Glossary
EP - Exemplary Professional Practice

EP32:  Culture of Safety-Describe and demonstrate the nursing structure(s) and process(es) that support a culture of safety.

Brenda Hall MS, RN, NEA-BC, Senior Vice President of Quality, Safety and Regulatory Affairs
 Brenda Hall MS, RN, NEA-BC, Senior Vice President of Quality, Safety and Regulatory Affairs  

Safety is one of the organizations core values and a pillar of excellence.  Brenda Hall MS, RN, NE-BC, Senior Vice President of Safety, Quality and Regulatory Affairs, as well as Chief Patient Safety Officer, is a nurse and is passionate about patient safety. Ms. Hall has designed a comprehensive program that addresses many safety issues.

Ms. Hall Chairs an interdisciplinary Patient Safety Committee which is a forum for the collection and analysis of risks to patient and employee safety and for the dissemination of information on identified risks for the purposes of improving care and services.  The committee designates an Adverse Event Response Team to perform root cause analysis and develop and implement action plans for gaps in safety.  Sources used to identify adverse events and near misses include but are not limited to:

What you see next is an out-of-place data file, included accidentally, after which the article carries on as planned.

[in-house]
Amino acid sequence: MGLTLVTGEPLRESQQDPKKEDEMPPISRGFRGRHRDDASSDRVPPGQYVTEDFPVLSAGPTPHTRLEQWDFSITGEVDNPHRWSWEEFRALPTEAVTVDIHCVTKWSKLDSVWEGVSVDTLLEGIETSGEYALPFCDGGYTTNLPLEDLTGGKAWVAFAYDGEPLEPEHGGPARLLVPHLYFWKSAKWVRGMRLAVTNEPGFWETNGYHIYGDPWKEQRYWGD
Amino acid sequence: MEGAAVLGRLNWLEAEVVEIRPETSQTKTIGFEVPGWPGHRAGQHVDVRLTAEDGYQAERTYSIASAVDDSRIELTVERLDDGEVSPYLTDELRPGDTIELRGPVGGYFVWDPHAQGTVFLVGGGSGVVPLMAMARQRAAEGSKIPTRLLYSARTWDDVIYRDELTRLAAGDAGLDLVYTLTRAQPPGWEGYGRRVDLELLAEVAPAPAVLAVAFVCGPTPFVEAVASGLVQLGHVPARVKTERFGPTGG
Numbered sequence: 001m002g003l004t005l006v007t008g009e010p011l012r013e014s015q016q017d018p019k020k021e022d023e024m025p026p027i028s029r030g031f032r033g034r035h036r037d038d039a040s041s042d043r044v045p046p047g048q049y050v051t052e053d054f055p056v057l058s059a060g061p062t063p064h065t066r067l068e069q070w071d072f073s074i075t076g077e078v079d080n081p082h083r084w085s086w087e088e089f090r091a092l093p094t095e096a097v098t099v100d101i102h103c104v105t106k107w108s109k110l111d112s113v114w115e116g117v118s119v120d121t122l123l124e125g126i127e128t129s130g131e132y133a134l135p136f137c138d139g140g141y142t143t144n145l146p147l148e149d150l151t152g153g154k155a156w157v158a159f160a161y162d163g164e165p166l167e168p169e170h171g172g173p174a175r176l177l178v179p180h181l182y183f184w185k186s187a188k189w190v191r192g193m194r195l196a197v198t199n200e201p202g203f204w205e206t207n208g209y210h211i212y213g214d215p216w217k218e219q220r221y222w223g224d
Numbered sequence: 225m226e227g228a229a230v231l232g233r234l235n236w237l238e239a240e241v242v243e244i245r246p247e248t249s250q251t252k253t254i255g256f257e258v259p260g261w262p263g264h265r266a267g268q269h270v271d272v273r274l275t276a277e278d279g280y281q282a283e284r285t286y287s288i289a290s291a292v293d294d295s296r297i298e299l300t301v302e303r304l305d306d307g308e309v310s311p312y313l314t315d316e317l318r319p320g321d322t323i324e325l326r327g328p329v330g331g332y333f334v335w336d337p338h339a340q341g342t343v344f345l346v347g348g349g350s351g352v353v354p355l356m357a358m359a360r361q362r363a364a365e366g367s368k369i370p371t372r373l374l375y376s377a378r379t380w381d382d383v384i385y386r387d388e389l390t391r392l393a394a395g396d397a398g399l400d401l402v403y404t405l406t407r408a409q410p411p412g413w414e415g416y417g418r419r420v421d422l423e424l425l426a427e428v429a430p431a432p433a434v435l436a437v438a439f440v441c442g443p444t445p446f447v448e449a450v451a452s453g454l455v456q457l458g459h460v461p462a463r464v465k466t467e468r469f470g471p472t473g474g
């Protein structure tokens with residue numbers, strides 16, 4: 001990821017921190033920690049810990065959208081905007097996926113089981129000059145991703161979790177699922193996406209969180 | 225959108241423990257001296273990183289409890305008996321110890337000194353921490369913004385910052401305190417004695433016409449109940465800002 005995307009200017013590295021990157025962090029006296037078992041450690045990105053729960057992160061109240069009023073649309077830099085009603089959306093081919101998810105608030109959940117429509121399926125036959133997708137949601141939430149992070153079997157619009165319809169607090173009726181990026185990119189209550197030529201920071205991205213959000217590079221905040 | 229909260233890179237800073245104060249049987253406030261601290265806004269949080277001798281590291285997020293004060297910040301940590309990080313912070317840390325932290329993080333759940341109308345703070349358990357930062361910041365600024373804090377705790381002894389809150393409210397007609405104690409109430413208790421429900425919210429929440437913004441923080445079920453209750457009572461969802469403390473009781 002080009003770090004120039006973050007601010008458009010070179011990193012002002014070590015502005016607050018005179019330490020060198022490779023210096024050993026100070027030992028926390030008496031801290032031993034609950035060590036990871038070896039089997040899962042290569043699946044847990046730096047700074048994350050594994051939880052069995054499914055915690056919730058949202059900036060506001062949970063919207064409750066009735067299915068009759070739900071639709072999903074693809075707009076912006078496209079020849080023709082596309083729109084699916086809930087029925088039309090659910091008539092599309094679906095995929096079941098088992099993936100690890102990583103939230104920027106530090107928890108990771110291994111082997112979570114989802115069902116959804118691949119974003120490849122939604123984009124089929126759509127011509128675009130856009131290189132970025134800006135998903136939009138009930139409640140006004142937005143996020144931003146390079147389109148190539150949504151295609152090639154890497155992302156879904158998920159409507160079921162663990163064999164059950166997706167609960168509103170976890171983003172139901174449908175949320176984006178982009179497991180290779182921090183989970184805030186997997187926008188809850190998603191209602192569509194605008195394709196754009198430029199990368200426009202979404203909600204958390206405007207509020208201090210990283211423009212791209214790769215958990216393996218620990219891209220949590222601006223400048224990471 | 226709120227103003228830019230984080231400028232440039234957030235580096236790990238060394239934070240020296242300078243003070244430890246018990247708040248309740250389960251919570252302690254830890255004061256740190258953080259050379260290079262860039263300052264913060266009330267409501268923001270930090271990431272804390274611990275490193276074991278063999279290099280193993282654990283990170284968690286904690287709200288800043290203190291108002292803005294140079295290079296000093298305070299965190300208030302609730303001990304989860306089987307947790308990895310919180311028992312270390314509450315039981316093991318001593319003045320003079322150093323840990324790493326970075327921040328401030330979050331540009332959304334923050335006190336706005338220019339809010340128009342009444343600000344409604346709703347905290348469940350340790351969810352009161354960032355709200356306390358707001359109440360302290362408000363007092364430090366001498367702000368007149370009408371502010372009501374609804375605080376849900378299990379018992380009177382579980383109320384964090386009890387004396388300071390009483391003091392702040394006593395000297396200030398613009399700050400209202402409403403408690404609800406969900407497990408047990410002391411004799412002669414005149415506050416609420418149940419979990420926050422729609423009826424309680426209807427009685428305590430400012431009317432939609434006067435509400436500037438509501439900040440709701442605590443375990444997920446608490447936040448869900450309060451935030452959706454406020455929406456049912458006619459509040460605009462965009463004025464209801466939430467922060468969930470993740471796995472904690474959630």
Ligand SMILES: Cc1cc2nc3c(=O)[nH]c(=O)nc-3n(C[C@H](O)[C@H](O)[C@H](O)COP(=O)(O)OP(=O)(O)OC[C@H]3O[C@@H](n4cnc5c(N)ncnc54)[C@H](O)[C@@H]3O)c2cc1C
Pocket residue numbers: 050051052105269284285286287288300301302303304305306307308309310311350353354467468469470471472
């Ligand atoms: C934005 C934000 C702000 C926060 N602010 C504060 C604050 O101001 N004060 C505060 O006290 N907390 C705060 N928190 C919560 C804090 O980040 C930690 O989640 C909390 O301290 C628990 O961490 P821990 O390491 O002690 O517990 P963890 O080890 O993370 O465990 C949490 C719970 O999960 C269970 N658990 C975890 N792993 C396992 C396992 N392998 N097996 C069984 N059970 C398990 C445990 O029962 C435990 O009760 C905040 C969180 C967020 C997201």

• Anonymous reporting
  • Safety Hotline
  • Complaints
  • Infection Control surveillance
  • Performance Improvement data
  • Patient Satisfaction Surveys                                                 
  • Retrospective Medical Record Reviews
  • Clinical Triggers (return to the OR for example)
  • Licensure/Accreditation Survey reports

An example of a case, reviewed by the Adverse Event Team, consisted of poor communication between nursing and the healthcare team, which contributed to the patient staying in the wrong level of care. The case was reviewed by the Adverse Event Team, which is comprised of primarily nurses.  See table below for the nurses’ names.    

  

After reviewing the case, the team made recommendations, such as Senior Management facilitating communication when needed, updating the physician call list, and handing off the same physician beeper at the end of shift.  These recommendations continue to reinforce a culture of safety.